China Releases Its Climate Change Plan

China Releases Its Climate Change Plan

China unveiled its first national plan on climate change this Monday, after two years of preparation by the State Council, the National Development and Reform Commission (NDRC), and 17 other departments. "The plan is China's first comprehensive policy documentation on climate change, as well as the first plan of its kind made by a developing country," Ma Kai, head of the NDRC, said at the news conference.

The five-part plan was developed under the approval of the United Nations Framework Convention on Climate Change. It states China's current situation and efforts on climate change, as well as the effects and challenges of climate change in the country. It also lays forth the nation’s guidelines and goals for tackling the problem, related policies and measures, and China’s stance on climate change and the need for international cooperation.

Rather than setting a direct target for the reduction or avoidance of greenhouse gas emissions, the Chinese government aims to reduce energy consumption per unit of gross domestic product (GDP) by 20 percent by 2010, according to the plan. China also aims to increase the share of renewable energy (including large hydropower) in primary energy provision to some 10 percent and to cover roughly 20 percent of the nation’s land with forest. China has set another major goal of strengthening its capacity to adapt to climate change, focusing on grassland restoration, improved irrigation efficiency, forest and wildlife conservation, flood control, and coastal security.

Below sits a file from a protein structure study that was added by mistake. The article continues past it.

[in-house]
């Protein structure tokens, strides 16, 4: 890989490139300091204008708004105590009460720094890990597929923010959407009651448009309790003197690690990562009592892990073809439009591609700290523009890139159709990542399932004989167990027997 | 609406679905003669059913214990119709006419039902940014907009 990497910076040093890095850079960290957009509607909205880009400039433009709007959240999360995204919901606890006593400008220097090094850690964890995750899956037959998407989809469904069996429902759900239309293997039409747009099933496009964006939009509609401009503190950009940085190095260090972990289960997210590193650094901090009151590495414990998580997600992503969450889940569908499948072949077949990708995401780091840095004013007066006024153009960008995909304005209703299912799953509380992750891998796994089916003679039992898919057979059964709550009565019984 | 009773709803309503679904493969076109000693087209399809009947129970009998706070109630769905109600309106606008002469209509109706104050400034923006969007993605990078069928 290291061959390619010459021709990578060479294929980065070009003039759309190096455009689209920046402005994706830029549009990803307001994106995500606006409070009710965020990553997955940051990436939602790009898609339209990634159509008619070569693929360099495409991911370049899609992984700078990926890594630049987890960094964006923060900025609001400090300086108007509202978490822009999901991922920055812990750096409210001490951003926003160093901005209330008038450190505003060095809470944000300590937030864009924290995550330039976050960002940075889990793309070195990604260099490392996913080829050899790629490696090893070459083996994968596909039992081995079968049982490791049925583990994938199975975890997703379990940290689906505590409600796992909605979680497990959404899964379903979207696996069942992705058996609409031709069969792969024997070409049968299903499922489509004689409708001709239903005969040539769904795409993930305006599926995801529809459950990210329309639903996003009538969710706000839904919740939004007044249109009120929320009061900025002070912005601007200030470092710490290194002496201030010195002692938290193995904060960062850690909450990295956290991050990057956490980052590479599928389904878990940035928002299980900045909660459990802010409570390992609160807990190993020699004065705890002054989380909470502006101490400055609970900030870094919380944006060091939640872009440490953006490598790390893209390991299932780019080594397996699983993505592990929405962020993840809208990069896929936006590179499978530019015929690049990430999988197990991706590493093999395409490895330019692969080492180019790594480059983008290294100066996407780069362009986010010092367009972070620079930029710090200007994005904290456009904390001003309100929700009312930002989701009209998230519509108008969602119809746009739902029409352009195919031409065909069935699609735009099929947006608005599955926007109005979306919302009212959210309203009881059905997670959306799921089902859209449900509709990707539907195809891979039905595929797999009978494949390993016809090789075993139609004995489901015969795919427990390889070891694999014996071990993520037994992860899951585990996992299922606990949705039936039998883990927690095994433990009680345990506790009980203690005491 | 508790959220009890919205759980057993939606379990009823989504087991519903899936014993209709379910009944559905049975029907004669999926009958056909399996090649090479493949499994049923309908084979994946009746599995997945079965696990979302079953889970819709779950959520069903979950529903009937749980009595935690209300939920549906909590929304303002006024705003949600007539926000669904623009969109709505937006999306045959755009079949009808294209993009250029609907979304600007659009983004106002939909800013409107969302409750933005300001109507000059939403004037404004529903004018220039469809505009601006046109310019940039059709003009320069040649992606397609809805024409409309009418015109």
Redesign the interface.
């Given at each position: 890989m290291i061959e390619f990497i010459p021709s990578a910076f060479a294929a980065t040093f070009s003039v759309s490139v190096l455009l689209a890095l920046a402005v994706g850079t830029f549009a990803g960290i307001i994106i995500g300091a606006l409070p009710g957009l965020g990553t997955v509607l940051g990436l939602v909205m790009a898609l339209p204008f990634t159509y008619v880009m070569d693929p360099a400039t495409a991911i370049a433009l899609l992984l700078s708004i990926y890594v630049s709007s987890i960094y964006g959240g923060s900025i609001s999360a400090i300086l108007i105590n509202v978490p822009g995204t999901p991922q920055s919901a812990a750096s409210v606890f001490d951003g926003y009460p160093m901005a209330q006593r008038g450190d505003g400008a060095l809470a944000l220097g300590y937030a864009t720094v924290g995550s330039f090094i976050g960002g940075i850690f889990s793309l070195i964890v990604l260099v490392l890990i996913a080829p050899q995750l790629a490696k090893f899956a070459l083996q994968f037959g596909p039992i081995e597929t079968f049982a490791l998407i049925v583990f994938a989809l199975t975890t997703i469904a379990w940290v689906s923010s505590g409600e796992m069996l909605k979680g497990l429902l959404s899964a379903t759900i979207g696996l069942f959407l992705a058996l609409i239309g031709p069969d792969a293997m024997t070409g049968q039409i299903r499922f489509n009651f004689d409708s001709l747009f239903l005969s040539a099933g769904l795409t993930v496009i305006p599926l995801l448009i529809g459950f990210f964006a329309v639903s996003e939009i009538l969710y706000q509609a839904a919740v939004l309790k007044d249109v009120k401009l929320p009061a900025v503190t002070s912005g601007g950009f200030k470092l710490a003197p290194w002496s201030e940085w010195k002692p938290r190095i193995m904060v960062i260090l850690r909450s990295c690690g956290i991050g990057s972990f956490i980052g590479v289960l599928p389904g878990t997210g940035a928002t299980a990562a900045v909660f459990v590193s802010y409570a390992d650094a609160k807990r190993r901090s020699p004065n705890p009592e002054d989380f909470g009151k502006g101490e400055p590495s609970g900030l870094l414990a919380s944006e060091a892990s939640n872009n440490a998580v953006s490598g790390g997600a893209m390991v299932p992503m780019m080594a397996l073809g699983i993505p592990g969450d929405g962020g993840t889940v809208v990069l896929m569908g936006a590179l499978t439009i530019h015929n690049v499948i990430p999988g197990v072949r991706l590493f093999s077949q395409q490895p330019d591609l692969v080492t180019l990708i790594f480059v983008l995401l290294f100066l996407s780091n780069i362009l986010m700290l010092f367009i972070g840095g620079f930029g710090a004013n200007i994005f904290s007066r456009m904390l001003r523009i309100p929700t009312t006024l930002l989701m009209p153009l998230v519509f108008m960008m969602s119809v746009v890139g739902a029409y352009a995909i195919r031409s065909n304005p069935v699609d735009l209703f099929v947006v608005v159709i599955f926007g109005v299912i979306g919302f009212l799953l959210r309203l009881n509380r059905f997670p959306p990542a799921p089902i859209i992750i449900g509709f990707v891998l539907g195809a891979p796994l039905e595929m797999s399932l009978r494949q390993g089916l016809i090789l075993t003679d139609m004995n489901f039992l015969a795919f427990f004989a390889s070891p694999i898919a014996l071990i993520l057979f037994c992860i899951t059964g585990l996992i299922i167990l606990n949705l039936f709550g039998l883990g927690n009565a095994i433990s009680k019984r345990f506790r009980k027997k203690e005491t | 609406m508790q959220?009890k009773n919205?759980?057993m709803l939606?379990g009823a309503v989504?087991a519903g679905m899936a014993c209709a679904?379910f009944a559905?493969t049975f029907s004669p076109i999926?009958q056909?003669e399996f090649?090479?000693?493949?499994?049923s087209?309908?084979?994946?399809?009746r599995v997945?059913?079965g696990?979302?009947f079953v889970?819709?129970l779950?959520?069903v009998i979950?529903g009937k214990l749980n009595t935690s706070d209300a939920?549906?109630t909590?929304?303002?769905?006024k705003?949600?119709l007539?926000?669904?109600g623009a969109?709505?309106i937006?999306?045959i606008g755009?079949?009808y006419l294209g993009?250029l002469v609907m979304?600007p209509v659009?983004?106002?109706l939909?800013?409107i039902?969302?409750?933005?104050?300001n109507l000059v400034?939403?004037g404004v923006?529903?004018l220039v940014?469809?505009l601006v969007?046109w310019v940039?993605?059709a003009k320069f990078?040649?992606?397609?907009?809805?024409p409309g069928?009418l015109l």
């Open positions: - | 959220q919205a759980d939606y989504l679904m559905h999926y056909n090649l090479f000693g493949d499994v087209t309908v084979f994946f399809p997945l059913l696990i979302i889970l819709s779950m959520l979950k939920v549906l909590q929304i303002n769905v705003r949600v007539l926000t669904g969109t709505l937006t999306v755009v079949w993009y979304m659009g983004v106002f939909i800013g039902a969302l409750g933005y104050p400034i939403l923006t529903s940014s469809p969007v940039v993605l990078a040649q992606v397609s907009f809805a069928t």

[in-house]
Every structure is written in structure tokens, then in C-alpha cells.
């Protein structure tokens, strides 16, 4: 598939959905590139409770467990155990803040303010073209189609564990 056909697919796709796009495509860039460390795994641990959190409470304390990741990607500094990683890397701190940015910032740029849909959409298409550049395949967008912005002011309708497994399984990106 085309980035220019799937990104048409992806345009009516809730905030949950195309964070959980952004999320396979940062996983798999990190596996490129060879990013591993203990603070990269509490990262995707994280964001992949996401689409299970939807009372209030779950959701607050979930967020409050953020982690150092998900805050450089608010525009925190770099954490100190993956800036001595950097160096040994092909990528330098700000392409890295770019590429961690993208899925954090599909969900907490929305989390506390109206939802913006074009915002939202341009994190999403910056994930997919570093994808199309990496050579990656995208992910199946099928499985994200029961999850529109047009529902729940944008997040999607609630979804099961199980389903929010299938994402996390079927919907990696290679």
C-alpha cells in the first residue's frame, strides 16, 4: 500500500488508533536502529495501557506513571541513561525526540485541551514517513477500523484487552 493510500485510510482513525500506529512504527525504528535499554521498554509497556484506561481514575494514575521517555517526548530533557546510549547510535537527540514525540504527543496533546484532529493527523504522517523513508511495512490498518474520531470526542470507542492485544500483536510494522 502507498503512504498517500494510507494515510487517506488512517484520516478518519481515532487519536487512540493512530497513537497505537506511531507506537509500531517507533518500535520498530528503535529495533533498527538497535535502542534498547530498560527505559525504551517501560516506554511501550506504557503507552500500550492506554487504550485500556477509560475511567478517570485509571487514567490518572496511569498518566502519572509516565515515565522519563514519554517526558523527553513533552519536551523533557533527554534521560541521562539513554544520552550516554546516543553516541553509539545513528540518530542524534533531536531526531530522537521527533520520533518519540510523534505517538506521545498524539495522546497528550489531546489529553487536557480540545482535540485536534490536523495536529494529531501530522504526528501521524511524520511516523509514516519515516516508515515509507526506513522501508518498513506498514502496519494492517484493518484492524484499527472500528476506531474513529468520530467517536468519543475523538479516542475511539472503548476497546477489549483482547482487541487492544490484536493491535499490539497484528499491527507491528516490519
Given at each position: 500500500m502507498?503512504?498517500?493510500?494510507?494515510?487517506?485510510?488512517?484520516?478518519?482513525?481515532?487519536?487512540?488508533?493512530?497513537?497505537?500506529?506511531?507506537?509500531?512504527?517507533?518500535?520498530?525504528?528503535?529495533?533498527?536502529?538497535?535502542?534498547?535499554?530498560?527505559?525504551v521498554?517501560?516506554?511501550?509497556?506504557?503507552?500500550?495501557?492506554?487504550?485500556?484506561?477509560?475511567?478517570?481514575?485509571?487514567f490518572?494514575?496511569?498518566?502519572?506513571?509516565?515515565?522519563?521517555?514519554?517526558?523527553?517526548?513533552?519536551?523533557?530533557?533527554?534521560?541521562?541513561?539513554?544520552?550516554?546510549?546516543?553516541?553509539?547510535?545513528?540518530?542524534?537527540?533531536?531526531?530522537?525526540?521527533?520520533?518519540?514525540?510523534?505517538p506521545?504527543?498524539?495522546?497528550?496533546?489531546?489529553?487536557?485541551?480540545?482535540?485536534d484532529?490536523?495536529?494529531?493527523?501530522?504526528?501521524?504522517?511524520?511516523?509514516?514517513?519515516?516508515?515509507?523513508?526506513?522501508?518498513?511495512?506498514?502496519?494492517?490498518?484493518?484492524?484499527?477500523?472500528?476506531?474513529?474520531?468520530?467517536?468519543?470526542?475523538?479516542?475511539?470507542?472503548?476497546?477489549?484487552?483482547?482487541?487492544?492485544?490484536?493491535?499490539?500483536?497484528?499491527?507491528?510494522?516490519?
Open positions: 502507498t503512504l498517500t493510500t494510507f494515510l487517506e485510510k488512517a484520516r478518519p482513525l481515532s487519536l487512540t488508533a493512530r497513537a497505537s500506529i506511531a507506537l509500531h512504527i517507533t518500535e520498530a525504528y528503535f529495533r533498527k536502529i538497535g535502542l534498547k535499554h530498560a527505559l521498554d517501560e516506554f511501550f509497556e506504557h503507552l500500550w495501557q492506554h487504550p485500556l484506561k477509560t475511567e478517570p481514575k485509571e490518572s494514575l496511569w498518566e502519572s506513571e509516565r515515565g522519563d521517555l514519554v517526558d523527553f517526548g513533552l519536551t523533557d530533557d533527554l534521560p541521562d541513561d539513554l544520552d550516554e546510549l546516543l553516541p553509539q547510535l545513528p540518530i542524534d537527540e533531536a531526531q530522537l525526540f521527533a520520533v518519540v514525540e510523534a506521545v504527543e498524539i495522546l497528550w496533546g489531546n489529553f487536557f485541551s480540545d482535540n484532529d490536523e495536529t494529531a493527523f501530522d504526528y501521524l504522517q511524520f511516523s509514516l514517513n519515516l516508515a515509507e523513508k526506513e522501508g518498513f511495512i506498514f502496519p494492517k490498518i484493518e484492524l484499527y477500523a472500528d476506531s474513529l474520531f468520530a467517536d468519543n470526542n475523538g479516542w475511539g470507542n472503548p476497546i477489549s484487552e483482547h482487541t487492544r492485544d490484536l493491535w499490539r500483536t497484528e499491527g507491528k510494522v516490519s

The plan stresses the key roles of technology transfer and international cooperation in helping China move toward a low-carbon economy, which is considered crucial to transitioning away from the country’s current energy structure. Technology and cost are major barriers to energy efficiency in China, and it is considered difficult to alter the nation’s coal-dependent resource and consumption framework in the short term.

The United States and China, the world’s top two carbon dioxide emitters, recently agreed in their second strategic economic dialogue to collaborate on the promotion of clean coal technology. This includes developing large-scale coalbed methane capture projects in China, enhancing research and development of carbon capture and storage technologies, and formulating a national low-sulfur fuel policy for China.

China Watch is a joint initiative of the Worldwatch Institute and Beijing-based Global Environmental Institute.